A friend of mine once told me, "We Christians aren't better than anyone else, just forgiven." What a refreshing, honest, attitude! I get so tired of Christians (and Jews and Muslims) with their smug superiority, who claim that their religion makes them more moral than others.
Today, two stories in the news hammer this point home. First, Senator John Ensign (R-Nevada) admitted to having an affair with one of his campaign staffers. This would hardly be noteworthy except that Sen. Ensign is an conservative Christian, an outspoken member of Promise Keepers, and was a vocal critic of Sen. Larry Craig (R-Idaho) when he was arrested for trying to solicit homosexual sex in a public airport bathroom.
Second, a Catholic priest in Miami who was photographed kissing his girlfriend on the beach finally left the Catholic Church, became an Episcopal priest, and married his love. Rev. Alberto Cutie finally did the right thing when he rejected the Catholic Church's unhealthy and unnatural ideas about celibacy.
We're all humans, and nature has endowed us with a wonderful attractive force called sexual appeal. In the past, the possibilities of disease and pregnancy made it important for societies to develop strong rules about who could have sex with whom; womens' virginity in particular was highly prized. These common-sense rules were, unfortunately, turned into religious law, and those who didn't follow them were branded "sinners."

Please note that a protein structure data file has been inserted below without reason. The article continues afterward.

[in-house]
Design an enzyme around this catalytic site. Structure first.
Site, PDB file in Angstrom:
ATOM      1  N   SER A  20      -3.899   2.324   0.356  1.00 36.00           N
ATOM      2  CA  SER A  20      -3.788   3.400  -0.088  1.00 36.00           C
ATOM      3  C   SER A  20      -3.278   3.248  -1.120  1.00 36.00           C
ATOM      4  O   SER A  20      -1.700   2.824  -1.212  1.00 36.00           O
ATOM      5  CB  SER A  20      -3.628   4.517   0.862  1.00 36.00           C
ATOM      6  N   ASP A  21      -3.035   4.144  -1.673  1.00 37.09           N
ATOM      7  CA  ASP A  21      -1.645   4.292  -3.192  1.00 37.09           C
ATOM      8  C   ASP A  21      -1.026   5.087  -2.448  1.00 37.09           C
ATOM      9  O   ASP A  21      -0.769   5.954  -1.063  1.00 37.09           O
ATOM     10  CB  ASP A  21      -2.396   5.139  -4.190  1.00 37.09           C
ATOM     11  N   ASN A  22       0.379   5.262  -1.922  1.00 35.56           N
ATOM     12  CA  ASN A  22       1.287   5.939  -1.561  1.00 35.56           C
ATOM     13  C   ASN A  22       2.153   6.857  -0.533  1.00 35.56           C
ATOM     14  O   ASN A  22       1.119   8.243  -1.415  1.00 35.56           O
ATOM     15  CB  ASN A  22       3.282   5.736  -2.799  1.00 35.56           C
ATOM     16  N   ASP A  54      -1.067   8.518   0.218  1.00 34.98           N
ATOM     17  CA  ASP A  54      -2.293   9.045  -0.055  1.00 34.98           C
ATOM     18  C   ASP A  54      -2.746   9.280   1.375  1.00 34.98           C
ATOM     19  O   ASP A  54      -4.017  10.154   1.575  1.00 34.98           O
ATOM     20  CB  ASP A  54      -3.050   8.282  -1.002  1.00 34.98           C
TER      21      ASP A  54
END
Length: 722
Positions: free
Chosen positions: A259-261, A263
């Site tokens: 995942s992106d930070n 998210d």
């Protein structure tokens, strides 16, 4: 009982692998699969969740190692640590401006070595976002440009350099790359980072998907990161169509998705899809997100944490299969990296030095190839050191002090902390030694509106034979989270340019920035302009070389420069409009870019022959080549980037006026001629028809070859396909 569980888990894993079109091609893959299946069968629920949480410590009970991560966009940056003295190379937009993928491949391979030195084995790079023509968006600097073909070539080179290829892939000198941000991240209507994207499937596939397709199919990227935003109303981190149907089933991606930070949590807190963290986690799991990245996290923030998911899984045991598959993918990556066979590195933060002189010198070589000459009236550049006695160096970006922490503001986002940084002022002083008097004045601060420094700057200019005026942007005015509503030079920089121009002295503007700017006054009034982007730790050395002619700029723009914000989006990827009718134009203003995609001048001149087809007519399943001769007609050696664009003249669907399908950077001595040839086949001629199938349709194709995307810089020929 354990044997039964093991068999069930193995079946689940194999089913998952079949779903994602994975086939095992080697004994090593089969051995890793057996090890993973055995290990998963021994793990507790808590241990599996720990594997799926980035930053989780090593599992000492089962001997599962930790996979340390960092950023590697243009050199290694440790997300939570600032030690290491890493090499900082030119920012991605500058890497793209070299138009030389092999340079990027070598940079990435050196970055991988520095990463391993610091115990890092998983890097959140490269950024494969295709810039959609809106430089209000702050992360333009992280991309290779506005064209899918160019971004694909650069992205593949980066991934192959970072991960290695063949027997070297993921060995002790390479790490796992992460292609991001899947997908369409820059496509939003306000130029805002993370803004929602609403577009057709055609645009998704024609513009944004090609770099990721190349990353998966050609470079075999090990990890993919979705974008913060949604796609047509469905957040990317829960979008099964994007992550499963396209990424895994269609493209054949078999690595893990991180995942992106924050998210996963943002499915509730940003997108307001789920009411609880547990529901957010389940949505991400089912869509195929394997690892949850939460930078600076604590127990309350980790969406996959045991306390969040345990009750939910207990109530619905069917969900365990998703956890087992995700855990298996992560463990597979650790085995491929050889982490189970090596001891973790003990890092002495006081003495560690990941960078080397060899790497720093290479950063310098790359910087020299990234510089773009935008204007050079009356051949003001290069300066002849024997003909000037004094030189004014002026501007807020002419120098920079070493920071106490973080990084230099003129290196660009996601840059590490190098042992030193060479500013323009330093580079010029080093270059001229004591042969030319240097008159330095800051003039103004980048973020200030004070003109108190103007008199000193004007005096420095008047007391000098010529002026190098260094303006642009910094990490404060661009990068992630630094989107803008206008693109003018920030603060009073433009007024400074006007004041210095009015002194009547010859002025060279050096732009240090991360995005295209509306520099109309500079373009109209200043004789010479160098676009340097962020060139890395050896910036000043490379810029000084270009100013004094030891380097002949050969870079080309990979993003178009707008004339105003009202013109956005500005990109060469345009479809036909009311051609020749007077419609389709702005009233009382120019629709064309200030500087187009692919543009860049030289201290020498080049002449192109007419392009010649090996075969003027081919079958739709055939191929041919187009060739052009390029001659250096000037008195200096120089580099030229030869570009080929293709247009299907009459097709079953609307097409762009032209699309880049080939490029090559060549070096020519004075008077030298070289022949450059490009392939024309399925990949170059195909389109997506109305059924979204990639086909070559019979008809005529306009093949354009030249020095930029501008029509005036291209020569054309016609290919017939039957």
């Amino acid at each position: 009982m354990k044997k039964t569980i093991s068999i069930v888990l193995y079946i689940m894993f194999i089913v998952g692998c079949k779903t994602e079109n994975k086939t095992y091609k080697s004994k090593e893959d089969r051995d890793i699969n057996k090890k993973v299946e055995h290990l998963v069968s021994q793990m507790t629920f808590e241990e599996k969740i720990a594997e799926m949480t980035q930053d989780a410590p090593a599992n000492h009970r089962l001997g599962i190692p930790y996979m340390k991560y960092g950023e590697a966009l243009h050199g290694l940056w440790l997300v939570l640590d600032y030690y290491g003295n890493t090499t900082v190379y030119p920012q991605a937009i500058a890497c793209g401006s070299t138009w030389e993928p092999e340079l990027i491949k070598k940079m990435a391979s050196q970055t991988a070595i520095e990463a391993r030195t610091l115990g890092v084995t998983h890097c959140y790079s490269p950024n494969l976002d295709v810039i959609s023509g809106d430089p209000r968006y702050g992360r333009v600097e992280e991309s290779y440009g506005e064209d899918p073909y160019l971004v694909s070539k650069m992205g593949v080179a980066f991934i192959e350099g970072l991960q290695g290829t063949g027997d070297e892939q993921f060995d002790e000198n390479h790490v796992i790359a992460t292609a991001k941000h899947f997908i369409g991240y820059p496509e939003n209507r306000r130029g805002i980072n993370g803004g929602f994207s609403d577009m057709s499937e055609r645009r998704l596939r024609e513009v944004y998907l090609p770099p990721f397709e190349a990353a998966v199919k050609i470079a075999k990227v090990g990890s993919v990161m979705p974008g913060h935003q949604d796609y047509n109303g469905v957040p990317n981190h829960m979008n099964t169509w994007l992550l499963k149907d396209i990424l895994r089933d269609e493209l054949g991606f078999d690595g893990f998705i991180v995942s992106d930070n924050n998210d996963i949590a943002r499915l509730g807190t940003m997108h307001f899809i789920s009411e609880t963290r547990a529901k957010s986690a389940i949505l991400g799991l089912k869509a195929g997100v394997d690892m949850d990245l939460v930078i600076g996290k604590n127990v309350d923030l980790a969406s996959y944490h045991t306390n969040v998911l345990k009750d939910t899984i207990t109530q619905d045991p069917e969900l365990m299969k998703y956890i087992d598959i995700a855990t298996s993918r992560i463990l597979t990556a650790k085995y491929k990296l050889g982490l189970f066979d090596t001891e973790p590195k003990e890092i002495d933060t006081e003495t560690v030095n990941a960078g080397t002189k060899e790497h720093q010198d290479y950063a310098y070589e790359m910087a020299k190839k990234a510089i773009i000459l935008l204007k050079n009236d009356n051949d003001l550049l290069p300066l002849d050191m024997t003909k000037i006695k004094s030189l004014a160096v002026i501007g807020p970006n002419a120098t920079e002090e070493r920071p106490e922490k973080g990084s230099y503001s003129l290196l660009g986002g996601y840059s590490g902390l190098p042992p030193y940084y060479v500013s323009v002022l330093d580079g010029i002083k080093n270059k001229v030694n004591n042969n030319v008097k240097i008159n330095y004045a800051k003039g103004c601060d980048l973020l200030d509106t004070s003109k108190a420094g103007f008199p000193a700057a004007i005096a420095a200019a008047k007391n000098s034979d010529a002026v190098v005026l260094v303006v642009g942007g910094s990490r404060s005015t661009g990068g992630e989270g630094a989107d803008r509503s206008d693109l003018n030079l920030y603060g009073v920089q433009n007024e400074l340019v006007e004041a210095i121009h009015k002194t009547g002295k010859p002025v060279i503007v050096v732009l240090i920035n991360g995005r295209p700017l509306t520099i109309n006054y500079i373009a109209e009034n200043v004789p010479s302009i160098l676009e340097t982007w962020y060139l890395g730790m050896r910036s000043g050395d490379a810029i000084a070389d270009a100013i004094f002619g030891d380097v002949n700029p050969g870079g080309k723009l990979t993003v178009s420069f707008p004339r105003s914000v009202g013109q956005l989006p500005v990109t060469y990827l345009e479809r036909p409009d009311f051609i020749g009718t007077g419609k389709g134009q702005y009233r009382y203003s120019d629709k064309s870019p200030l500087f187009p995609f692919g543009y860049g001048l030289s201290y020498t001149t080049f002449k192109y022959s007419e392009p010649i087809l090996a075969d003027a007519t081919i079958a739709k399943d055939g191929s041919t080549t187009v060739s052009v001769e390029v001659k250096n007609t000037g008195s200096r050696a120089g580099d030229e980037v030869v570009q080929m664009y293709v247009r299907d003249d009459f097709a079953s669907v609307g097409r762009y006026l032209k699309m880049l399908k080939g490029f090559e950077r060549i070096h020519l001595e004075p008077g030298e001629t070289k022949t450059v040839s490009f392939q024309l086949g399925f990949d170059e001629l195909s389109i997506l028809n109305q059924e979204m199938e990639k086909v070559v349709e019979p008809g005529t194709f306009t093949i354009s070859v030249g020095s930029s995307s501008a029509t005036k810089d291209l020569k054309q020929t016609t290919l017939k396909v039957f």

With advances in birth control and protection against disease, these ancient practices are nearly irrelevant. Today, a couple should consider their commitment, their compatibility, their desires, and anything else each one feels is important, and nothing more. Unfortunately, outdated morality still causes untold harm, in the form of frustration, secretive and/or harmful outlets for sexual desires, lies, guilt, and missed opportunities.
Men like Rev. Alberto Cutie must go through terrible angst before they finally reject the perverted celibacy that the Roman Catholic Church expects of its priests. The Church lost a good man, and Rev. Cutie must feel like he's lost his family.
But worse, men like Senator Ensign brag about their purported "better" morals, and insult non-Christians by implication as morally inferior. Yet in the end, as my friend said, "Christians aren't better." At least some of them have the courage and wisdom to admit it.